Carl Jung was one of the first theorists to attempt to understand the yoga way and bring it into awareness in our culture. Much of yoga can best be explained in Jungian terms, though parts of it differ from his theories. This paper looks at the two systems and their practices.

 

The first, Kundalini Yoga, encompasses... (click title for more)


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Depth Psychology and Giftedness: Bringing Soul to the Field of Talent Development and Giftedness

Depth Psychology and Giftedness: Bringing Soul to the Field of Talent Development and Giftedness | Depth Psychology and Acting | Scoop.it

When we as educators seek to educate with soul in mind, a radical spark is struck. Hillman (1983) pointed out “by definition, education must lead out” (p. 179). He suggested that educators lead the child out by leading the child in, by focusing on the imagination in the child’s fantasies. He urges the education of the imagination.

 

Hillman (1975), in Re-visioning Psychology, was most pointed and succinct in his description of soul. He asks psychology to return to the deepest root of its own meaning, the psyche of psychology. As educators, the depths bring us to reconsider the deepest root of the meaning of teaching, our own educare, in the Platonic sense. As noted above, to lead out from makes the most sense when we speak of it with soul in mind.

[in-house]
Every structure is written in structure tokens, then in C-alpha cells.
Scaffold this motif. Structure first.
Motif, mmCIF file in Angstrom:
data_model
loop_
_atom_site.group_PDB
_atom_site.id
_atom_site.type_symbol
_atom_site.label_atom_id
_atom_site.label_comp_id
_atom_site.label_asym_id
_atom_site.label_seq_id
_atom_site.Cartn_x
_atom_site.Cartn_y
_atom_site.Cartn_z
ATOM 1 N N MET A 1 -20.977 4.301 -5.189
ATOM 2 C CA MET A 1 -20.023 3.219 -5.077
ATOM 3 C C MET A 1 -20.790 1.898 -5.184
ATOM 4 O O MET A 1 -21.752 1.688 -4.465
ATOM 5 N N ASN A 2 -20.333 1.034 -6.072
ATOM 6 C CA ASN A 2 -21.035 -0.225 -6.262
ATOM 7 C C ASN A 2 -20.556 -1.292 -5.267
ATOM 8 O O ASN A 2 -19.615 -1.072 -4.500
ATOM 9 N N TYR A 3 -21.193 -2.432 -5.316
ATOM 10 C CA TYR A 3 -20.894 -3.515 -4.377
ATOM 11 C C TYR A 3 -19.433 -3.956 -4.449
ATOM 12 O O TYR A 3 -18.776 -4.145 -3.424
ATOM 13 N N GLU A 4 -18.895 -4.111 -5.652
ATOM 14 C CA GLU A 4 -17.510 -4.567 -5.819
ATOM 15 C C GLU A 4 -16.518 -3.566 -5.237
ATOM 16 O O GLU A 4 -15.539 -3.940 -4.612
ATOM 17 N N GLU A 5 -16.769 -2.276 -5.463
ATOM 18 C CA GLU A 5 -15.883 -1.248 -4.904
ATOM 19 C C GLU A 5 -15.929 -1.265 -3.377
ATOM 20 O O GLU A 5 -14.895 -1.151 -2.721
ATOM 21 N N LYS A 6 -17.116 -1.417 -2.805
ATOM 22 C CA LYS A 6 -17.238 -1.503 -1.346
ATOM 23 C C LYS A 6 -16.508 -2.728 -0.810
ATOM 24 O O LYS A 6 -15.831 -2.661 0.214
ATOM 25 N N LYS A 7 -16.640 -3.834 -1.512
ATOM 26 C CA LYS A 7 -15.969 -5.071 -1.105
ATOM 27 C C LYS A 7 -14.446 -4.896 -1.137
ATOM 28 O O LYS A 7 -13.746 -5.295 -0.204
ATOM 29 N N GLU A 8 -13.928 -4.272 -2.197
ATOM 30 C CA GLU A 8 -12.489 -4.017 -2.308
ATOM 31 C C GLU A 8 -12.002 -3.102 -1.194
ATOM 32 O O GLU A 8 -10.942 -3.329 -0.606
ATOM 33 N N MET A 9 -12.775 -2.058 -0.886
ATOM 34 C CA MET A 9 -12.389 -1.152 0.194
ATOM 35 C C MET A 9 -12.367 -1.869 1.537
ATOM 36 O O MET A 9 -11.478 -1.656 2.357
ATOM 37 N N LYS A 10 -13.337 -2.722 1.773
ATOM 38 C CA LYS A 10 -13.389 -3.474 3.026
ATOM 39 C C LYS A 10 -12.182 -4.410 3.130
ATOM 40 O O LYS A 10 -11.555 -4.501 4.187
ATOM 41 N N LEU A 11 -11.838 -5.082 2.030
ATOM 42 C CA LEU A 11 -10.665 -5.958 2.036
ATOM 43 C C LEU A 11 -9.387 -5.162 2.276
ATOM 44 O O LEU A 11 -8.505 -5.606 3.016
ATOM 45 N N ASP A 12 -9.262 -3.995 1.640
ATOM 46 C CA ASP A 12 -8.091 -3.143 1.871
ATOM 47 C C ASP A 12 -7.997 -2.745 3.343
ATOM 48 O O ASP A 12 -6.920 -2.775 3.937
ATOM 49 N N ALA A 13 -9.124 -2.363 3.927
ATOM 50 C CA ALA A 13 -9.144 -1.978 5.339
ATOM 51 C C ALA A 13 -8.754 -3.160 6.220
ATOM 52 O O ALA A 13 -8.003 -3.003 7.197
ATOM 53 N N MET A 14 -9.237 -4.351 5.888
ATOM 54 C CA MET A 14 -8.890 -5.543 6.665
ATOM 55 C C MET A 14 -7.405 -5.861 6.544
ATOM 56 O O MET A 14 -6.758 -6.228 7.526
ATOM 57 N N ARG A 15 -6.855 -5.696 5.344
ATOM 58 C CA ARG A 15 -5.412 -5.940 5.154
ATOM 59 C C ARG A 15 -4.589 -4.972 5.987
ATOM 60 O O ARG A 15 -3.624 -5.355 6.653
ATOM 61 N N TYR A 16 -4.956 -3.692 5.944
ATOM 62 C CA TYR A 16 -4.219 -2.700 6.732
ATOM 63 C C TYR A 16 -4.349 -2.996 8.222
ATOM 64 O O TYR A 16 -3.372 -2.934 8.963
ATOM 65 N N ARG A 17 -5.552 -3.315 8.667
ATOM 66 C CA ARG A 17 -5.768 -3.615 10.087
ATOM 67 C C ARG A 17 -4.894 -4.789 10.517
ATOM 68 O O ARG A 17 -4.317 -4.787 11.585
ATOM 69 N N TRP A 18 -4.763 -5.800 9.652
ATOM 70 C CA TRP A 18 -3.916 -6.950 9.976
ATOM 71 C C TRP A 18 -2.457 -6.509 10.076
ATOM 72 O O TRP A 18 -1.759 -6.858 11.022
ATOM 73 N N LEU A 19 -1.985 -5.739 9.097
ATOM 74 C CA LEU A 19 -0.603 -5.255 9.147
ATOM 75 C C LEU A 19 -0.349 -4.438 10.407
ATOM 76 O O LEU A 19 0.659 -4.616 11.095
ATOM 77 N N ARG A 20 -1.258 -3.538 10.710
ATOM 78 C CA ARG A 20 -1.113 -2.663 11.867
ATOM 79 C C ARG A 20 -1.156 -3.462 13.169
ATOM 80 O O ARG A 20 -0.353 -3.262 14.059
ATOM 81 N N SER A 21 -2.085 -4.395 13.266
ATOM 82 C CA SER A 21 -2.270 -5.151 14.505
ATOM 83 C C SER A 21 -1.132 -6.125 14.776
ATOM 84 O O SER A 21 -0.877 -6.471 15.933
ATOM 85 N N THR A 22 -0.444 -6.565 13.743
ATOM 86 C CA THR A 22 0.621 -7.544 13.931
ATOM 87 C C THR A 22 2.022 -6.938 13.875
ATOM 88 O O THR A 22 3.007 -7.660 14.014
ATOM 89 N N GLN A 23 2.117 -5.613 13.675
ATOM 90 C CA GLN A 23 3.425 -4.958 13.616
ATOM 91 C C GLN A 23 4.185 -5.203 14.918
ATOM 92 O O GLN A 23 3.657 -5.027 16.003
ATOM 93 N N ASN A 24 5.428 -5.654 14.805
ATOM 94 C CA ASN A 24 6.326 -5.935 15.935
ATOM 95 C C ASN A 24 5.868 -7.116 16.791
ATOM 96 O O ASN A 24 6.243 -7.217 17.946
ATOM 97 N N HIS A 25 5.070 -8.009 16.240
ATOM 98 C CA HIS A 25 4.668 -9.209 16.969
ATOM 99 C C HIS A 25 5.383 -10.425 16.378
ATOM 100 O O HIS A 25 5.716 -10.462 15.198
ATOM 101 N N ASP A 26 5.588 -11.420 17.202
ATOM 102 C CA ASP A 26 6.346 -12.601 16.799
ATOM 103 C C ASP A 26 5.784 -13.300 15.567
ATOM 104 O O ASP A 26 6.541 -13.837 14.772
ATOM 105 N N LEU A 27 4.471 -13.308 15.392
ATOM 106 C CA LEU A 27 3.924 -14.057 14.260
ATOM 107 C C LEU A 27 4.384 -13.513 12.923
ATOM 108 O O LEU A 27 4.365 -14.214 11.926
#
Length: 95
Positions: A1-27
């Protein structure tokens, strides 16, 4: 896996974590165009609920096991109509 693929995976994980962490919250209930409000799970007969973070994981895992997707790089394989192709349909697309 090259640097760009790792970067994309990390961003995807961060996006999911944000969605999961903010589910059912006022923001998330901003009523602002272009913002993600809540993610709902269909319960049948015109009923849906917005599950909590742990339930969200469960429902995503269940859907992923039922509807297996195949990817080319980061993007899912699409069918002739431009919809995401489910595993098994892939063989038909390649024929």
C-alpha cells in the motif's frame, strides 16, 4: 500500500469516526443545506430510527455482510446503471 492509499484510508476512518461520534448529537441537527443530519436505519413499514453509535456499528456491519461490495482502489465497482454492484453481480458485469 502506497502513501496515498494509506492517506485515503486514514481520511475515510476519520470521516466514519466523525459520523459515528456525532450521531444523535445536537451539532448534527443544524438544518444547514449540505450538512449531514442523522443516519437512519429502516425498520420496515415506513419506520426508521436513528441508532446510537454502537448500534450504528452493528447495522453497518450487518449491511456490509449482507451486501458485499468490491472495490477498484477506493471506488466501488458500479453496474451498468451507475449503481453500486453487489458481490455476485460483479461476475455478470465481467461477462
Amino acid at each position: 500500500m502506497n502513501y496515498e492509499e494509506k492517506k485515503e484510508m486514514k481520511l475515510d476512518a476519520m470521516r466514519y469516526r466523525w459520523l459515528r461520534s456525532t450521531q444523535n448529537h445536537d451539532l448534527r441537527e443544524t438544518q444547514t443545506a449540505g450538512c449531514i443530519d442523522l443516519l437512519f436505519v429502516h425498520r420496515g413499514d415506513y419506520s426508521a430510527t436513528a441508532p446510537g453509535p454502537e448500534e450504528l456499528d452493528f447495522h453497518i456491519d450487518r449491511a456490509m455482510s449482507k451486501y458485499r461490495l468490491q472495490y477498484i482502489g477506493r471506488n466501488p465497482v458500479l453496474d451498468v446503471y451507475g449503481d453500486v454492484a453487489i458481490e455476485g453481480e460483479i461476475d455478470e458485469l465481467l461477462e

From soul’s perspective, the individual comes with the task of perceiving and bringing into the world that which only he or she can bring, even unto what the Greeks called mediation, in the sense of embodying prophetic capacity. Joan of Arc, Ghandi, Krishnamurti, those who Simonton (1995) called the eminent, who Nietzsche (Heidegger, 1990) calls the great man, have a place in soul’s classroom. The cosmos can be known as the immensely creative, ongoing work of art that it is. With soul comes a realization that creating, directing, and maintaining programs of talent development... (Click title for more)


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Michael Goodman's comment, August 7, 2013 12:04 PM
Thank you Bonnie for the wonderful pieces you cultivate and share.
Scott Harris's curator insight, August 10, 2013 10:41 PM

For all you Platonists out there.  Hillman is the best on Daimon [Gk. - demigod] translated to [L.] "genius."  Hillman:

 

All the names given to the quality of Genius over the years, indicate an “other,” who is the protector of our reason for being. It is this Thorn, this Mad Spot, which can be best understood when seen archetypally. The word gift also means poison. Where the poison is, you will also find the Genius. .... Where the Daimon/Genius/Thorn/Mad Spot intervenes is where education, being led out, is being requested. Those who worked best with her honored the pain of her question and worked with her to help her find her way through. Those who made light of her suffering, pointing to underachievement, were bent to remove the problem. They only found more trouble."